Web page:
' at least to ?uid pressures within the normal operating
ranges of the instrument, the diaphragm may, if desired,
be made of material having sufficient elasticity that, if
the diaphragm is subjected to pressure differentials sub
stantially greater than those which the instrument was
designed to measure, the diaphragm'after moving to the
limit of its travel will then balloon into and seal against
the walls of the lower pressure chamber without rupturing.
to assure. freedom for limited vertical movement therein.
The upper bushing 82 is ?xed against rotary motion in
the counterbore by key 87 and its upward axial move
ment is limited by a snap ring 88 disposed in a suitable
annular groove in the end closure 28 above counterbore
S4. V-fhen the threaded end member 73 of rod
engaged in the two bushings, which are held against rota
tion by key 87, they will be axially spaced apart a slight
distance as shown. Locking ring as, screwed in threaded
bore 7? of tubular extension 61 is provided with a central
heX hole 9'4 into which a hex wrench may be inserted
for screwing the lock ring upwardly against lower bush
ing 8% which squeezes the two bushings S9 and 32 to
gether to clamp. the threaded end member 78 of spring
Thus, as the differential of the pressure in chamber
40 over the pressure in chamber 42 increases, diaphragm 65 support rod 6% against further rotation in the bushings
3d and 82. The hex hole 94 also permits insertion of a
38 and its center support assembly 50 will move down
186 and
wardly until the ring 46 of assembly 510 seats on the' 7 screw driver or similar tool through lock
into engagement with a kerf ,3' cut in the lower end of
upper ‘surface of end closure 28, then if the pressure dif
spring support rod 66, for turning the rod when freed
ferential continues to increase the diaphragm will balloon
down into and ?ll the annular space between the vertically 70 for rotation by loosening lock ring 36."
The spring support rod, bushing and lock ring ar
' disposed walls .of ring '46 and closure 28. ' Since'the ex
tent of this ballooning action is limited by the small size
rangement just described permits ready adjustment of
‘ of the space between ring 46 and end closure 28, there
the effective length or" biasing spring'ig to obtain the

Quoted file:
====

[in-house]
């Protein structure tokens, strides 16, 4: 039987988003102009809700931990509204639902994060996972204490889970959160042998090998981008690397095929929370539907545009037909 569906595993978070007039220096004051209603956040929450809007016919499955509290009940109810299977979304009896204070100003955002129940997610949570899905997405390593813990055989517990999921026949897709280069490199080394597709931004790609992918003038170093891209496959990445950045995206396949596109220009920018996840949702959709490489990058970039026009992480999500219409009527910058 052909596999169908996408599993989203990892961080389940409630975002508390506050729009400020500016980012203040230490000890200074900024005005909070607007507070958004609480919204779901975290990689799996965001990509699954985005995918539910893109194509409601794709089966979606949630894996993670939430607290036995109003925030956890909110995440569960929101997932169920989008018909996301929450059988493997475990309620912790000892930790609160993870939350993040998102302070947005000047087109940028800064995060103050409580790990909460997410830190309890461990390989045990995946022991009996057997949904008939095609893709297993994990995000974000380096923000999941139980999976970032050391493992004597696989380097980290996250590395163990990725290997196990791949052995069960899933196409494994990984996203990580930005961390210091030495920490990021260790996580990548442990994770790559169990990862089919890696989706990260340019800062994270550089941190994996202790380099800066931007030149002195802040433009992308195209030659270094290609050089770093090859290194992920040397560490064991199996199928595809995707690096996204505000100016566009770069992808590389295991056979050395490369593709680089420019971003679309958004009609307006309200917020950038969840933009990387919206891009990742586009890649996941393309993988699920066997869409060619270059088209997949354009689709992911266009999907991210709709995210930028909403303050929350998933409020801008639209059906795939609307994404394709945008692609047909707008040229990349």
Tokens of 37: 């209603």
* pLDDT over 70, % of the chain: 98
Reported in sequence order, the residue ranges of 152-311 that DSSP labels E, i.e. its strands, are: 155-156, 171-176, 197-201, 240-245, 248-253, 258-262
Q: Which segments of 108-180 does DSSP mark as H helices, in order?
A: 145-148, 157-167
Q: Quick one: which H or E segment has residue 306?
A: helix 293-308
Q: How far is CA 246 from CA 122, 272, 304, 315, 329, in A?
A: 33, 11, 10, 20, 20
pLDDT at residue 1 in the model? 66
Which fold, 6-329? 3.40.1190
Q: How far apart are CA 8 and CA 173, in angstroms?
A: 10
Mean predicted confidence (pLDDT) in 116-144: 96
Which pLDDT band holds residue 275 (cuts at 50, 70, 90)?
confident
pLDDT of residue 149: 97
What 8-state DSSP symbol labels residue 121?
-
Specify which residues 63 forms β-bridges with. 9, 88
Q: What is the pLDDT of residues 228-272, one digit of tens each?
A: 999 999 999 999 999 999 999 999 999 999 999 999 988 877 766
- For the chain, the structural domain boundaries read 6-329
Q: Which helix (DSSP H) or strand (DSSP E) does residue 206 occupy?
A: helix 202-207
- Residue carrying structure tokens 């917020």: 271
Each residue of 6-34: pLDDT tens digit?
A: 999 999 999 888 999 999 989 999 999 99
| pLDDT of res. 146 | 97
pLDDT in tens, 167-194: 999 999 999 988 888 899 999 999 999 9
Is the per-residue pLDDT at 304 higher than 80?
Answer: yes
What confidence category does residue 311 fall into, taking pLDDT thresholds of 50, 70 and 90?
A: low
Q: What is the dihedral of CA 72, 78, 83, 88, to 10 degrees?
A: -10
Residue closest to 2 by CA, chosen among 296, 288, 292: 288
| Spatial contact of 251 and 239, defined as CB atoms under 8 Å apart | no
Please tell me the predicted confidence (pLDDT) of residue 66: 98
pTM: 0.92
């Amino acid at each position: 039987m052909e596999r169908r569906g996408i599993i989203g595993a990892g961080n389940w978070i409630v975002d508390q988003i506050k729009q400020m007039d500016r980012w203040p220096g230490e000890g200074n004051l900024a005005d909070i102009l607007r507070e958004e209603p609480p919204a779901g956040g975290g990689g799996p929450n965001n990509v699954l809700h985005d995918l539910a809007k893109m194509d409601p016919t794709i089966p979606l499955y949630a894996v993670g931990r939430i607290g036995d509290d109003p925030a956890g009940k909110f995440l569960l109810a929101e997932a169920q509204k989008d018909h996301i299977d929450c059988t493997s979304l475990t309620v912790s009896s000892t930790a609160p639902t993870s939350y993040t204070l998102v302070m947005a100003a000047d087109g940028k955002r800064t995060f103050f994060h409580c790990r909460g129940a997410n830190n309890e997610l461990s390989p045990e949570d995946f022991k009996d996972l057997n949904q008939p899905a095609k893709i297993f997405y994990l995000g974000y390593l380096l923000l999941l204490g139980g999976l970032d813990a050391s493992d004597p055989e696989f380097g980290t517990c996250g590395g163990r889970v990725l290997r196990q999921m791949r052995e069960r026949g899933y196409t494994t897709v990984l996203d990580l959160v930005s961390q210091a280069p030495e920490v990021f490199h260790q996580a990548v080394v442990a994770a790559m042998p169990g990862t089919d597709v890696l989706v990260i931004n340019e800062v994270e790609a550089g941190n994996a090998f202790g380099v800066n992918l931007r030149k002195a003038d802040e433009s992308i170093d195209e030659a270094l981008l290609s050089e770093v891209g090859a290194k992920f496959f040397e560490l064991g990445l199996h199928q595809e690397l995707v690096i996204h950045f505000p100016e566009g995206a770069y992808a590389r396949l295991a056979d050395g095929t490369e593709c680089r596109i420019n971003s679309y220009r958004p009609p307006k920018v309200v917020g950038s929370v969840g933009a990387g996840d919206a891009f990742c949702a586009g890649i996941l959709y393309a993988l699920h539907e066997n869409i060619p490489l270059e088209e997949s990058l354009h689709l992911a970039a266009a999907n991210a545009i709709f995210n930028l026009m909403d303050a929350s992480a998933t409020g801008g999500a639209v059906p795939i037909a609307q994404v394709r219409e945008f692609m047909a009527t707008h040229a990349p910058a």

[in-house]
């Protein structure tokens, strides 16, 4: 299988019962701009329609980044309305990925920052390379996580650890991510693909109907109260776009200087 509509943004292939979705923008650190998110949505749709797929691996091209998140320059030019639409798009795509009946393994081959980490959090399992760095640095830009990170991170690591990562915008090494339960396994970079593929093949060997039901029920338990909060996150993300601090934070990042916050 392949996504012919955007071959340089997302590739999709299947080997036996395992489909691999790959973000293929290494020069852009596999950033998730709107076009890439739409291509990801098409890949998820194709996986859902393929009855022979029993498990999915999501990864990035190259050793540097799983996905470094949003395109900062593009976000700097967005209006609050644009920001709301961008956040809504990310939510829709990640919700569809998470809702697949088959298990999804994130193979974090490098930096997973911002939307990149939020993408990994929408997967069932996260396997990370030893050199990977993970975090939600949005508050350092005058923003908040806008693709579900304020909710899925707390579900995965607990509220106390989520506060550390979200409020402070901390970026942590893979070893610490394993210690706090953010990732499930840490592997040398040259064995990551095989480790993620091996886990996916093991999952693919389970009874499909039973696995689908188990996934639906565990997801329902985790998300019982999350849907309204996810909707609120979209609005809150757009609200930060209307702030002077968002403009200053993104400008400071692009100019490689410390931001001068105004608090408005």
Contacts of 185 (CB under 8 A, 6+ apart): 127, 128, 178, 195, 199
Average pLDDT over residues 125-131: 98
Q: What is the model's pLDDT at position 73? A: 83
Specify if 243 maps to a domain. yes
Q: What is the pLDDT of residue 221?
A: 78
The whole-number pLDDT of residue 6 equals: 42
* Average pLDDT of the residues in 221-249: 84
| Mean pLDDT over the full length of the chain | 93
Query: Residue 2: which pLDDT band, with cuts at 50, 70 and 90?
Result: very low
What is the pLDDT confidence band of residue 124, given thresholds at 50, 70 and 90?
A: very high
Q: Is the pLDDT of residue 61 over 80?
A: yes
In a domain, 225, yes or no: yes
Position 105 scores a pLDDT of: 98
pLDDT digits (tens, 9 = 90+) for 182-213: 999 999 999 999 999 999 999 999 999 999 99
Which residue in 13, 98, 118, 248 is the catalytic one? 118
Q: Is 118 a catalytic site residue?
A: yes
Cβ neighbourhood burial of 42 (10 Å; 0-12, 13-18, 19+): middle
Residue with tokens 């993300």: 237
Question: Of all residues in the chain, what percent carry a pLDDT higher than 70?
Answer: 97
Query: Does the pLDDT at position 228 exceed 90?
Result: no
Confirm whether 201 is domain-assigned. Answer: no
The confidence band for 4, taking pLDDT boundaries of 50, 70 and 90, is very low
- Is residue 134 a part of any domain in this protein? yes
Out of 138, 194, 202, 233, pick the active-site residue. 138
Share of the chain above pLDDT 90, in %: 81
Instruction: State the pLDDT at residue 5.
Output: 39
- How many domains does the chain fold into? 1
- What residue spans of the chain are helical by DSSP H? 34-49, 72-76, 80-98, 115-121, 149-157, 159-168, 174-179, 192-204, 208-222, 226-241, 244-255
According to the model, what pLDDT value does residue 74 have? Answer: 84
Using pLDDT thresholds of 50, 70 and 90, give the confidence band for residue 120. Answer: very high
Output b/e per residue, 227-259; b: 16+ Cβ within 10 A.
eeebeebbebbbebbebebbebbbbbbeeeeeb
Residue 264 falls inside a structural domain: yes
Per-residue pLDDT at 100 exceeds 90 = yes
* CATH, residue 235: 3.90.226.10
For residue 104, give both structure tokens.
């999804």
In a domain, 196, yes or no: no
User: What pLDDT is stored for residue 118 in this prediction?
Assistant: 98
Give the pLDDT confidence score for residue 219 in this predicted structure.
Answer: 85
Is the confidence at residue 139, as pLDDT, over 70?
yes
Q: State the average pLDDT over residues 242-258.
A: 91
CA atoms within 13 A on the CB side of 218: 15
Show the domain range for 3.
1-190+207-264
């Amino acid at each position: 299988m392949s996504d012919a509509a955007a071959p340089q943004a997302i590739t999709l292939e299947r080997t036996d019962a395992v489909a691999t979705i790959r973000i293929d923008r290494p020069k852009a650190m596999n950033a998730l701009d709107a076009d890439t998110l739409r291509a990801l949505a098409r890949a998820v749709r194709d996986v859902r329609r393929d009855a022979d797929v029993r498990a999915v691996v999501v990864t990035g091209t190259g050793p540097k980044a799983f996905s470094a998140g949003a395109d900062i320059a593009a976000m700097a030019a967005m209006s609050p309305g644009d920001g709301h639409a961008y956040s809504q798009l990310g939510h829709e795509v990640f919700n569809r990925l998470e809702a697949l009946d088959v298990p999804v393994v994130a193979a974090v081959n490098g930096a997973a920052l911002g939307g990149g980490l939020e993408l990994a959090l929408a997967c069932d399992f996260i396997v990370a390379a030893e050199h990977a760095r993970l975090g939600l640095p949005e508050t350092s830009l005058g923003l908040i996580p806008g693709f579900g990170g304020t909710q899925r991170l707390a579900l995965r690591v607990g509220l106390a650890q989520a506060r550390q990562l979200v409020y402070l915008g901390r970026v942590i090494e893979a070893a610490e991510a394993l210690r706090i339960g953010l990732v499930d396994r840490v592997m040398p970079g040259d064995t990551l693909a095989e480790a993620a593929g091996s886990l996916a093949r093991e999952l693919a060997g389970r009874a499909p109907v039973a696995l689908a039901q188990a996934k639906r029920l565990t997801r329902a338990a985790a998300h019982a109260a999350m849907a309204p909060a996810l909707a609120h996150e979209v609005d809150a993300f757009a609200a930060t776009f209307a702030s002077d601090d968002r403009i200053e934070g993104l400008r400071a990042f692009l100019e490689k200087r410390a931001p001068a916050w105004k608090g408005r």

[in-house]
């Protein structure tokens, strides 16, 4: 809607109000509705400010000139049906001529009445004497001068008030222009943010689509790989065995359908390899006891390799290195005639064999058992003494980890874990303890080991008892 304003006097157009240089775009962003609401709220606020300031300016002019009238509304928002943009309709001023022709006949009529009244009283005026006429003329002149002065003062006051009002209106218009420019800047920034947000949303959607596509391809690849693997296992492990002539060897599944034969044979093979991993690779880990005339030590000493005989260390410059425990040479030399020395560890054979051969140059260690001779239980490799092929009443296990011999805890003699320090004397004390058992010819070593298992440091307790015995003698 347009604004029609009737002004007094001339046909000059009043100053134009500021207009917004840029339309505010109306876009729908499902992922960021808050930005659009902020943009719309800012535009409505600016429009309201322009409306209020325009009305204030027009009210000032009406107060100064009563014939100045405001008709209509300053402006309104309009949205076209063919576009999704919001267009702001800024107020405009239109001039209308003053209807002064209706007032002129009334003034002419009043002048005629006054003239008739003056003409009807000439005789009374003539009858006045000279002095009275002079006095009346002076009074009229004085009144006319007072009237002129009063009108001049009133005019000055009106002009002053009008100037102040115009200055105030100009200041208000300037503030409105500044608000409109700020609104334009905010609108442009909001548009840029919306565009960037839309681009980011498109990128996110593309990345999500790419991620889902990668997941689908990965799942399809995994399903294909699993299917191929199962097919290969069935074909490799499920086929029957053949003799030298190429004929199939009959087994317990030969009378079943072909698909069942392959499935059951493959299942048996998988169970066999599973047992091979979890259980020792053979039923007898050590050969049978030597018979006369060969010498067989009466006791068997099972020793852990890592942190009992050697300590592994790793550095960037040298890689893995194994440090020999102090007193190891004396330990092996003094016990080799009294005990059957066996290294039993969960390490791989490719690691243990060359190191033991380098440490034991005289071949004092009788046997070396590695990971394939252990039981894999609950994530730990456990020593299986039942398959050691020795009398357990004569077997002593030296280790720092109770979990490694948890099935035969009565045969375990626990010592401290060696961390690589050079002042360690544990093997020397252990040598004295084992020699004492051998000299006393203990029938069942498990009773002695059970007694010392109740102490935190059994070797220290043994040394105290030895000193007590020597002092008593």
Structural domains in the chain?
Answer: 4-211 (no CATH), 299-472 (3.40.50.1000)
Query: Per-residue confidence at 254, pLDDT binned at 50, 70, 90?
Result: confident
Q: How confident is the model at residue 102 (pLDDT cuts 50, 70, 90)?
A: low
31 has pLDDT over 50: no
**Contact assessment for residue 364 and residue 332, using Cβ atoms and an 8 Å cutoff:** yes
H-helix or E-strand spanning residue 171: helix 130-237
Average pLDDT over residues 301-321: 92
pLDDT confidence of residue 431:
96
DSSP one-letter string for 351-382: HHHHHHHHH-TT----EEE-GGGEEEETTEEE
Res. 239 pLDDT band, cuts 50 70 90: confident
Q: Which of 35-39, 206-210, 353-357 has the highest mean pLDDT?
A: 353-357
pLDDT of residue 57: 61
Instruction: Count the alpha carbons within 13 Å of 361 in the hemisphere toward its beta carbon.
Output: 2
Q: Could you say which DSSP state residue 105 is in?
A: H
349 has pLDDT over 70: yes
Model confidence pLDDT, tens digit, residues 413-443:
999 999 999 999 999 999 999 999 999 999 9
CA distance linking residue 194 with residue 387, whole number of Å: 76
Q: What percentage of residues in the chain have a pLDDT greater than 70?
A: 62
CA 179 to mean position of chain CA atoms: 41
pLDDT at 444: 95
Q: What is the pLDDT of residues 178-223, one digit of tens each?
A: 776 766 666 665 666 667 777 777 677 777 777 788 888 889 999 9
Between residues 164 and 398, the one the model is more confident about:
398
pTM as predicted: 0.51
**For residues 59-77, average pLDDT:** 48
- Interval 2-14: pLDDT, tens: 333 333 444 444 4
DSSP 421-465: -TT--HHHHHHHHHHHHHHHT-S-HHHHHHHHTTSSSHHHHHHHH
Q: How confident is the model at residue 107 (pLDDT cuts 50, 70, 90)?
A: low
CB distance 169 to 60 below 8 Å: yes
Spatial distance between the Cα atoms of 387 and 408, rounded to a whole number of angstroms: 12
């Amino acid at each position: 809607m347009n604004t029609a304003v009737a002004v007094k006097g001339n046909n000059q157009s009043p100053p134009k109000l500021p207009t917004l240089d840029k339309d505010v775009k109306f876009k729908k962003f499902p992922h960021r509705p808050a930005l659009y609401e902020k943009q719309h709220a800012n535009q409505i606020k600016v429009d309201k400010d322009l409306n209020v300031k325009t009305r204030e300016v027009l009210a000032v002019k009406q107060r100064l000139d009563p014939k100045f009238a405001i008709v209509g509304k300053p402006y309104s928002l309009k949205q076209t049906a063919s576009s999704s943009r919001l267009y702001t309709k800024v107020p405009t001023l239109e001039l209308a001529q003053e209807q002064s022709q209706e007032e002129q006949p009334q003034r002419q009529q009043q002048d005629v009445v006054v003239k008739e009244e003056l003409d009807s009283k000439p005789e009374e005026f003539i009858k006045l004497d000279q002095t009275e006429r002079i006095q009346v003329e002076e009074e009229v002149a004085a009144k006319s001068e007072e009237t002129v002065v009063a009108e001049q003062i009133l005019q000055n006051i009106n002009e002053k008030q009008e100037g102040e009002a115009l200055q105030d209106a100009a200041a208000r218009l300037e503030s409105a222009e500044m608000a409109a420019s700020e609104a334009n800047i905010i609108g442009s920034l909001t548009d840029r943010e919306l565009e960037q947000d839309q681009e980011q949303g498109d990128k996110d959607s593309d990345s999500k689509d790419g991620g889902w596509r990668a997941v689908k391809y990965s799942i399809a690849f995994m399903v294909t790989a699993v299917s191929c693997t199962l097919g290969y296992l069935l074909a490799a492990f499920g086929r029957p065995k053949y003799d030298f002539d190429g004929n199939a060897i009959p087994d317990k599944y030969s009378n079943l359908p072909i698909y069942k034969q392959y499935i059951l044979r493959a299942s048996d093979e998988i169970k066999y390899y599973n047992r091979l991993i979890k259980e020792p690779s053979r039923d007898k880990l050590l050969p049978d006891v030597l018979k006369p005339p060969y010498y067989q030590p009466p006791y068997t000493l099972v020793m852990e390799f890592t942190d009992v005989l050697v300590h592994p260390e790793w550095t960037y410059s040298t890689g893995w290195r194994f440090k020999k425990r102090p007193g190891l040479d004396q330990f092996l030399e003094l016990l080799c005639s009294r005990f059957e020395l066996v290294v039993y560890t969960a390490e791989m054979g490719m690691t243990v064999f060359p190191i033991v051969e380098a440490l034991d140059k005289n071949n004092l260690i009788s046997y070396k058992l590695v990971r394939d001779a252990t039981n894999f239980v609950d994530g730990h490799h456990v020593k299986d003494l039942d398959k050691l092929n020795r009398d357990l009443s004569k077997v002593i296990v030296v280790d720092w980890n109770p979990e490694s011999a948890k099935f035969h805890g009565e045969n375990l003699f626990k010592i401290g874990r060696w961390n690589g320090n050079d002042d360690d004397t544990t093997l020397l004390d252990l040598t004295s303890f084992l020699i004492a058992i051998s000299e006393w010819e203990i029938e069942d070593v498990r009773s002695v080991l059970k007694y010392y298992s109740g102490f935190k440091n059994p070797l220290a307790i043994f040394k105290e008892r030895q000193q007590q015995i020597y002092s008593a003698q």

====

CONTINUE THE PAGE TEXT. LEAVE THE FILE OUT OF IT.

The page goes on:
is little possibility of diaphragm rupture and the dia
desired distance of travel of'the diaphragm for each
_ phragm is not stretched beyond point where it will not 75 value of pressure differential applied across it. In adjust
ing the effective length of spring 58, a hex wrench is
inserted in hex hole 94 of locking ring 86 and the ring
backed olf, thus releasing the pressure of bushings 80
has attached thereto a pair of ?exible ribbons 118 and
120 preferably of thin metal tape material and of con
?guration generally as shown in FIGURE 4. The upper
ribbon 118 is ?xed at one end to guide bar 114 as by a
screw 122, and has an elongated slot 124 of width to
permit the lower tape 120 to pass freely therethrough.
and 82 on the threads of end member 78 on spring sup
port rod 60. A screw driver is then inserted in kerf 93
in the end of rod 60 and the rod and its end member 78
rotated to shorten the effective spring length, the rod
60 and its end member 78 with attached spring 58 are
rotated in a direction such that spring 58 is screwed down
Tape 120 has one end ?xed as by a screw 125 to a ten
sion lever 126 pivotally mounted intermediate its ends
to guide bar 114 as at 127. The outer, free end of lever
wardly through the threaded bushing 62 in diaphragm sup 10 126 is formed as a hook 128 which engages on end of a
port ring 46. With the effective length of the spring 58
tension spring 129 the other end of which is anchored
shortened a greater pressure differential across the dia
by a pin 130 to guide bar 114.
phragm is required to obtain a given displacement. At
Ribbons 118 and 120 are attached by Screws 132 and
the same time, the threaded member 78 on the lower end
134, respectively, to sector element 131, and are main
of support rod 60 is screwed downwardly through bush 15 tained under tension in tightly wrapped relationship to the
ings 80 and 82 and thus lowers the vertical position of
sector element by tension spring 129. Sector 131 is ?xed
the support rod and the point of attachment of spring 58
on a shaft 136 by a set screw 138 or other suitable means,